$("#output_area").show('medium');
        });
      });
    </script>
  </head>
  <body>
    <h1>Review</h1>
    <p>
      First name:
      <input type="text" id="first_name" size="20">
    </p>
    <p>
      Last name:
      <input type="text" id="last_name" size="20">
    </p>
    <p>
      <button type="button" id="go">Go</button>
    </p>
    <div id="output_area">
      <p>Your full name is <span id="full_name"></span>.</p>
    </div>
  </body>
</html>

Figure 3. Code for the page

Line 23 loads the jQuery library, from one of Google’s fast servers.

Line 25 starts the JavaScript. The line is:

$(document).ready(function() {

The code in the ready() function runs when the page has loaded.

Line 27:

$("#first_name").focus();

sets the input focus on to the HTML element with the id of first_name. That element is:

<input type="text" id="first_name" size="20">

That’s how the input focus appears in the first name field when the page first appears.

The field has an id attribute so that jQuery can reference the fields. But it doesn’t have a name attribute. name is used when sending data to a server. We’re not doing that here, so no name attribute is needed.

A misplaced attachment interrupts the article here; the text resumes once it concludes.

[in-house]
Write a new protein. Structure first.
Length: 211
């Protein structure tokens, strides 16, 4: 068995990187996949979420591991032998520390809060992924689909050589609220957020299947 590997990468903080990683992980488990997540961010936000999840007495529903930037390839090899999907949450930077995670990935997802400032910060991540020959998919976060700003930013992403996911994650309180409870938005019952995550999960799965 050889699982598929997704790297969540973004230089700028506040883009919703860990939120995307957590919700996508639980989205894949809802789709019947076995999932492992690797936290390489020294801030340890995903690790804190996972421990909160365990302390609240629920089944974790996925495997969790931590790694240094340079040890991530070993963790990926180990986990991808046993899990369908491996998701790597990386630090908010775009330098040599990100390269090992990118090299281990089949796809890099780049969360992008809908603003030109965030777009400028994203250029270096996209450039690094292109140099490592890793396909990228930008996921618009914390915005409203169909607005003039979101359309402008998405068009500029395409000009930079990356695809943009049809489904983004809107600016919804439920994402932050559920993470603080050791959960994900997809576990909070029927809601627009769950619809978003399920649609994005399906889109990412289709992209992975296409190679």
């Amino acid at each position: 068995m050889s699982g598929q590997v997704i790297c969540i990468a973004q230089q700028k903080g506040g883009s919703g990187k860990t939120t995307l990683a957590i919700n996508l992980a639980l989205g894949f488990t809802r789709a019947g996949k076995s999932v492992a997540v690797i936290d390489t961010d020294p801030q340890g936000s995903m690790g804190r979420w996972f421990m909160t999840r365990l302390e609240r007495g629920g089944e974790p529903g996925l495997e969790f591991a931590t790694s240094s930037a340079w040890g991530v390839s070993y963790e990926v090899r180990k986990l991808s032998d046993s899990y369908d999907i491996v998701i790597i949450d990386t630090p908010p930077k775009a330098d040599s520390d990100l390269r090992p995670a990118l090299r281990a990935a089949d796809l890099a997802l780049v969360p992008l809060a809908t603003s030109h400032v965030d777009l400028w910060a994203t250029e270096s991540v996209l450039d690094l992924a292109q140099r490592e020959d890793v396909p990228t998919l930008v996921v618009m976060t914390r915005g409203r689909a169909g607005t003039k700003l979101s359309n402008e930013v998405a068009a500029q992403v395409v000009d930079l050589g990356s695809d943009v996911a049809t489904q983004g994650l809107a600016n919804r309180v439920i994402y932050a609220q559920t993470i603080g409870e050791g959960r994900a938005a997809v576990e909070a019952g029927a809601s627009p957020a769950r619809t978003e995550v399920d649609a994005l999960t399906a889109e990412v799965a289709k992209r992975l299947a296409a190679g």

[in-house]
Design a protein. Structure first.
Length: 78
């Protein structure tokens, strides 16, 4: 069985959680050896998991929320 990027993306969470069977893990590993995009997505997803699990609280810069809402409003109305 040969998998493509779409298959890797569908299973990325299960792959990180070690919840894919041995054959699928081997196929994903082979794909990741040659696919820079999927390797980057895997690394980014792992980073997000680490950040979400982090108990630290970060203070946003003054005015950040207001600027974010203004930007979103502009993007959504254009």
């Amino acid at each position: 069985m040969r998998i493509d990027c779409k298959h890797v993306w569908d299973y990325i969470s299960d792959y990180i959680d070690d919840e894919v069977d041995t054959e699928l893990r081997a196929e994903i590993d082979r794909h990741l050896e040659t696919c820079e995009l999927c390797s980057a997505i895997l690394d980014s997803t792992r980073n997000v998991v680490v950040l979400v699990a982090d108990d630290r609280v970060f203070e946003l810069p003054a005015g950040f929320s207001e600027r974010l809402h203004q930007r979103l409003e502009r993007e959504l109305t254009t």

There is no <form> tag around the <input> elements. It’s only needed when data is being sent to a server, which we aren’t doing.

This line (number 29):

$("#go").click(function(){

attaches some code to the button’s click event. The code runs when the user clicks the button.

The tag for the button says type="button". The forms we’ve seen recently have used type="submit". A submit button is only used when sending (submitting) data to a server. We’re not doing that, so type="button" makes more sense.

What do we want to happen when the user clicks the button? Here’s some pseudocode.

Get the first and last name the user typed.
Put them together to make the full name.
Show the full name.

Figure 4. click pseudocode

It’s a good idea to write pseudocode for every function you create. This helps:

  • Be clear about the goal of the function, that is, what it does.
  • Plan the code, without getting bogged down in the syntax details.

Here’s the JavaScript:

//Get the input.
var first_name = $("#first_name").val();
var last_name = $("#last_name").val();
//Compute the full name.